My dear friend and evolutionary sister, Christabel, gave darshan in her white garb as she guided us on a journey through the chakra system, spiraling ever closer to the healing wisdom held within each of our bodies.  Despite having begun to awaken to this understanding some years ago, I now marvel at how well-squirreled-away some of this wisdom still is, how I still unconsciously starve myself of the healing information so directly and readily available to me through my own embodiment.  Christabel’s voice sweetly and generously invited me to look ever deeper and with patience, letting understanding bubble up from the lowest chakra and simply rise, without effort, into something I could use.  So much of my growth into divine feminine power has been directly inspired and modeled by her (and the Divine Feminine Power Posse that includes Jasmine, Serena, and Hannah & Kamala who were also all at Hoopcamp!  What blessedness!) and my gratitude knows no bounds.   A thousand Oms.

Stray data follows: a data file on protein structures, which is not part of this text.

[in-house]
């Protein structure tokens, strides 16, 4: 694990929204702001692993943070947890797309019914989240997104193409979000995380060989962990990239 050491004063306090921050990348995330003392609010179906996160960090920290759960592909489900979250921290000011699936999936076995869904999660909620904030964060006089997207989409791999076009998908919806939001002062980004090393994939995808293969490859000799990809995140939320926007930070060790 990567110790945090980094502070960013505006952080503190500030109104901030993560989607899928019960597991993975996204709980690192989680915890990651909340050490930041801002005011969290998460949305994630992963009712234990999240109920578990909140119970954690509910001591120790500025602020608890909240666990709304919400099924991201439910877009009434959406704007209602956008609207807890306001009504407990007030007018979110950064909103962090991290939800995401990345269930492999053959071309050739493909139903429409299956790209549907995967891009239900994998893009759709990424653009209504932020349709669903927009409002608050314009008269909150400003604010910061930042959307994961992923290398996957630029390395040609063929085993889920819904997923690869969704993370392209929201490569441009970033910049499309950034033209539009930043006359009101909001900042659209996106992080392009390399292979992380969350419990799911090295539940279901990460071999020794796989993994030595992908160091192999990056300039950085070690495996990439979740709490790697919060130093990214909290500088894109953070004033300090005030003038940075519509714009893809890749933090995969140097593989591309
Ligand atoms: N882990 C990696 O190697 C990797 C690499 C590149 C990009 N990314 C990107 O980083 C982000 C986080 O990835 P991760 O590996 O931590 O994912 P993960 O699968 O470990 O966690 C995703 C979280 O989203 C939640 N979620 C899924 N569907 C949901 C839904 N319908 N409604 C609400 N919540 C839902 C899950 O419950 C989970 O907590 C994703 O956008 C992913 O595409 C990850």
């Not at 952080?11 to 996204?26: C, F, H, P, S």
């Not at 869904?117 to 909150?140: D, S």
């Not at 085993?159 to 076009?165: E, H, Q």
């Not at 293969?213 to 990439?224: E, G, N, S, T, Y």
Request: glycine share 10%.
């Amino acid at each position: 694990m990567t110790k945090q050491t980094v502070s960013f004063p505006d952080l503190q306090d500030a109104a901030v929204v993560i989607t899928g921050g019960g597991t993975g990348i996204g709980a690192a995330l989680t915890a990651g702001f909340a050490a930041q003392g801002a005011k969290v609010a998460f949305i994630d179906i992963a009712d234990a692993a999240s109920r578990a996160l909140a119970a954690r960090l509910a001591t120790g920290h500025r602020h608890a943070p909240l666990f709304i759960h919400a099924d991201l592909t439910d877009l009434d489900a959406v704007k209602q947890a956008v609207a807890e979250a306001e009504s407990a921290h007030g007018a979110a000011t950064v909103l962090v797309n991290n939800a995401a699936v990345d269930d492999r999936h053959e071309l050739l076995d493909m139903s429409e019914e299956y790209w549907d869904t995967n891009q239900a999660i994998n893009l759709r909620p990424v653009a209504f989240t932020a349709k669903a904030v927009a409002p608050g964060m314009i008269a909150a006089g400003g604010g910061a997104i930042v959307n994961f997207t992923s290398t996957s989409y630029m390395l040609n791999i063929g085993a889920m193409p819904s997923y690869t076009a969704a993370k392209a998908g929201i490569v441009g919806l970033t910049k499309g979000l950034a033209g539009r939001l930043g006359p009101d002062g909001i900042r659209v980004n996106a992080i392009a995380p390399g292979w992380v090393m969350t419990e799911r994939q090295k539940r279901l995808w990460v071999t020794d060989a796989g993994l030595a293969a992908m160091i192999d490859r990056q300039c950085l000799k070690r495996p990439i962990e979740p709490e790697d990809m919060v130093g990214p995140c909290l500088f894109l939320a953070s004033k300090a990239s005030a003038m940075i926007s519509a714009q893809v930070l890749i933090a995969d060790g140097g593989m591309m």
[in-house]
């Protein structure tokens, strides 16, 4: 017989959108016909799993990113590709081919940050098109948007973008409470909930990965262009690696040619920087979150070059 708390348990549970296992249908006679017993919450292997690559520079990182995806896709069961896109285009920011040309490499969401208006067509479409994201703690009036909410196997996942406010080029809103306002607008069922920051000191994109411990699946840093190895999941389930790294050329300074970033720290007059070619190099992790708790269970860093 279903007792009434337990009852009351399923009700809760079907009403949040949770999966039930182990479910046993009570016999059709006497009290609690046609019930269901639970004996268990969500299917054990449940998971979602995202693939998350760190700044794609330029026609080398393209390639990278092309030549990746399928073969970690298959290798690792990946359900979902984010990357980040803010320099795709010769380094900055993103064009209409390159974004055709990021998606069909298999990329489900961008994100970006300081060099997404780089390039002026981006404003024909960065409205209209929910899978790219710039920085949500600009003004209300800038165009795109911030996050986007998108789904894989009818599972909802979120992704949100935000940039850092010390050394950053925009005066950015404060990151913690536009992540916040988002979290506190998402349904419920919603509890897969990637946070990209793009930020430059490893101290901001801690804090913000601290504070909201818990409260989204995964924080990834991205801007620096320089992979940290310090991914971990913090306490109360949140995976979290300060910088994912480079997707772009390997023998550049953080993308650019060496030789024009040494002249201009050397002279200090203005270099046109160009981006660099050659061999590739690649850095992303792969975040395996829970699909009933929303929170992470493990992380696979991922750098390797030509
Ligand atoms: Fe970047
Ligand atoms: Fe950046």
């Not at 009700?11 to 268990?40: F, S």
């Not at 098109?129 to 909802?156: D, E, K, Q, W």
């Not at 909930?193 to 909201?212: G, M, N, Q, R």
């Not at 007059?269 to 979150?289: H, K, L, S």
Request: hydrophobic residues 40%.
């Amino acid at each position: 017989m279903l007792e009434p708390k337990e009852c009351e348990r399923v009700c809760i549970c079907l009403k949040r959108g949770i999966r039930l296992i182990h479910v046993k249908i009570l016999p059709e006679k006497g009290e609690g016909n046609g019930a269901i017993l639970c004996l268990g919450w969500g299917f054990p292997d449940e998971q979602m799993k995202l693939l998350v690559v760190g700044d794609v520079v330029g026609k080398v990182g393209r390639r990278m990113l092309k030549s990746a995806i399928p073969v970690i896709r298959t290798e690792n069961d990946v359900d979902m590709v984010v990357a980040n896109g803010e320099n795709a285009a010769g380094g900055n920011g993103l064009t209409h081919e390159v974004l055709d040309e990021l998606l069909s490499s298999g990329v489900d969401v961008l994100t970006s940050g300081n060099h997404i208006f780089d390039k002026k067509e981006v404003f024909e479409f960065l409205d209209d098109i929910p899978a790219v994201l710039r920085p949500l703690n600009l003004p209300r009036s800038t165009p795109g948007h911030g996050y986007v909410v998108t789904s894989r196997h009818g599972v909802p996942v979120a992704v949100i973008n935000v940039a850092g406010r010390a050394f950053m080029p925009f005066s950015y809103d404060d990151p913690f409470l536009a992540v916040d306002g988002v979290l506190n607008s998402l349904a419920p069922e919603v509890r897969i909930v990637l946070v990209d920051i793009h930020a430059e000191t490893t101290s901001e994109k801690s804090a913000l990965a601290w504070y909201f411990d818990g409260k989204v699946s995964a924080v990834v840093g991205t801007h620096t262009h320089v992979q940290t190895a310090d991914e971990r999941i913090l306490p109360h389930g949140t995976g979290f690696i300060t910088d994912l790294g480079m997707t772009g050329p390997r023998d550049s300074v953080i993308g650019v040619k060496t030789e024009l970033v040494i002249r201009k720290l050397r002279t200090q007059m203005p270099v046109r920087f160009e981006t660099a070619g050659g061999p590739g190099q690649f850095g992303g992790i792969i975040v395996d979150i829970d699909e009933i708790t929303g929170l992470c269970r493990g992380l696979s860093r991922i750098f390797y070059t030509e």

Because I was teaching the next morning, I missed Circus Conspiracy’s Brian Thompson who was sharing a bit of his mini-isolation genius.  I’m still a bit wistful about this.  I had looked forward to learning from Brian for months (and to finally getting my hands on the Roue Cyr!!!  But more on that in just a second!!) but though I quasi-stalked him I never got a minute to pick his big brain.  At our last jam I did finally get to watch him work with my own set of mini-hoops, and just soak in his—really there is no other word—perfect technique up close.  So deliciously inspiring, my oh my!